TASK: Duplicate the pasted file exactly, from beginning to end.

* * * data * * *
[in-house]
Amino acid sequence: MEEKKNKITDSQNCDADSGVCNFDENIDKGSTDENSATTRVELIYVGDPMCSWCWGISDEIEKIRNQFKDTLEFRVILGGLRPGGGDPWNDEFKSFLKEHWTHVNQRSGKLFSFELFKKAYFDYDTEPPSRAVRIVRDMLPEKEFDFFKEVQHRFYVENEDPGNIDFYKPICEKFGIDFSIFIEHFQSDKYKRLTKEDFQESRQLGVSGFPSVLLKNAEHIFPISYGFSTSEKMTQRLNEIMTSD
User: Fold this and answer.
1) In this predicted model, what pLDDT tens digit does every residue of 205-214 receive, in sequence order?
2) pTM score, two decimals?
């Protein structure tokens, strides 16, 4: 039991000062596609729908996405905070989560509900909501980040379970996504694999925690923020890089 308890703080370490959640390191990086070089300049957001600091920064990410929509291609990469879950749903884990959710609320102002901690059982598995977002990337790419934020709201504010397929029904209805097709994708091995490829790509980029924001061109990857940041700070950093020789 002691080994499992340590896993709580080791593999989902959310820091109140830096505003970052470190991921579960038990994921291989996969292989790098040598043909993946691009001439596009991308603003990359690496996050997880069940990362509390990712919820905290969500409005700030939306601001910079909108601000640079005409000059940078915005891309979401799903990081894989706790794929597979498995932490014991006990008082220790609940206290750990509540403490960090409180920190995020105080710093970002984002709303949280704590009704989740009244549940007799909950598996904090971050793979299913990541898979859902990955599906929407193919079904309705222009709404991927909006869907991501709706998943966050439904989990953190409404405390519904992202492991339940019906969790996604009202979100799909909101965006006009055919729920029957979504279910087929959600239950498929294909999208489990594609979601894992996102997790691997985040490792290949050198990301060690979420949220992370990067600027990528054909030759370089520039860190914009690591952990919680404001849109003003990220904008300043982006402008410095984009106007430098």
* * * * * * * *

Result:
[in-house]
Amino acid sequence: MEEKKNKITDSQNCDADSGVCNFDENIDKGSTDENSATTRVELIYVGDPMCSWCWGISDEIEKIRNQFKDTLEFRVILGGLRPGGGDPWNDEFKSFLKEHWTHVNQRSGKLFSFELFKKAYFDYDTEPPSRAVRIVRDMLPEKEFDFFKEVQHRFYVENEDPGNIDFYKPICEKFGIDFSIFIEHFQSDKYKRLTKEDFQESRQLGVSGFPSVLLKNAEHIFPISYGFSTSEKMTQRLNEIMTSD
User: Fold this and answer.
1) In this predicted model, what pLDDT tens digit does every residue of 205-214 receive, in sequence order?
2) pTM score, two decimals?
């Protein structure tokens, strides 16, 4: 039991000062596609729908996405905070989560509900909501980040379970996504694999925690923020890089 308890703080370490959640390191990086070089300049957001600091920064990410929509291609990469879950749903884990959710609320102002901690059982598995977002990337790419934020709201504010397929029904209805097709994708091995490829790509980029924001061109990857940041700070950093020789 002691080994499992340590896993709580080791593999989902959310820091109140830096505003970052470190991921579960038990994921291989996969292989790098040598043909993946691009001439596009991308603003990359690496996050997880069940990362509390990712919820905290969500409005700030939306601001910079909108601000640079005409000059940078915005891309979401799903990081894989706790794929597979498995932490014991006990008082220790609940206290750990509540403490960090409180920190995020105080710093970002984002709303949280704590009704989740009244549940007799909950598996904090971050793979299913990541898979859902990955599906929407193919079904309705222009709404991927909006869907991501709706998943966050439904989990953190409404405390519904992202492991339940019906969790996604009202979100799909909101965006006009055919729920029957979504279910087929959600239950498929294909999208489990594609979601894992996102997790691997985040490792290949050198990301060690979420949220992370990067600027990528054909030759370089520039860190914009690591952990919680404001849109003003990220904008300043982006402008410095984009106007430098």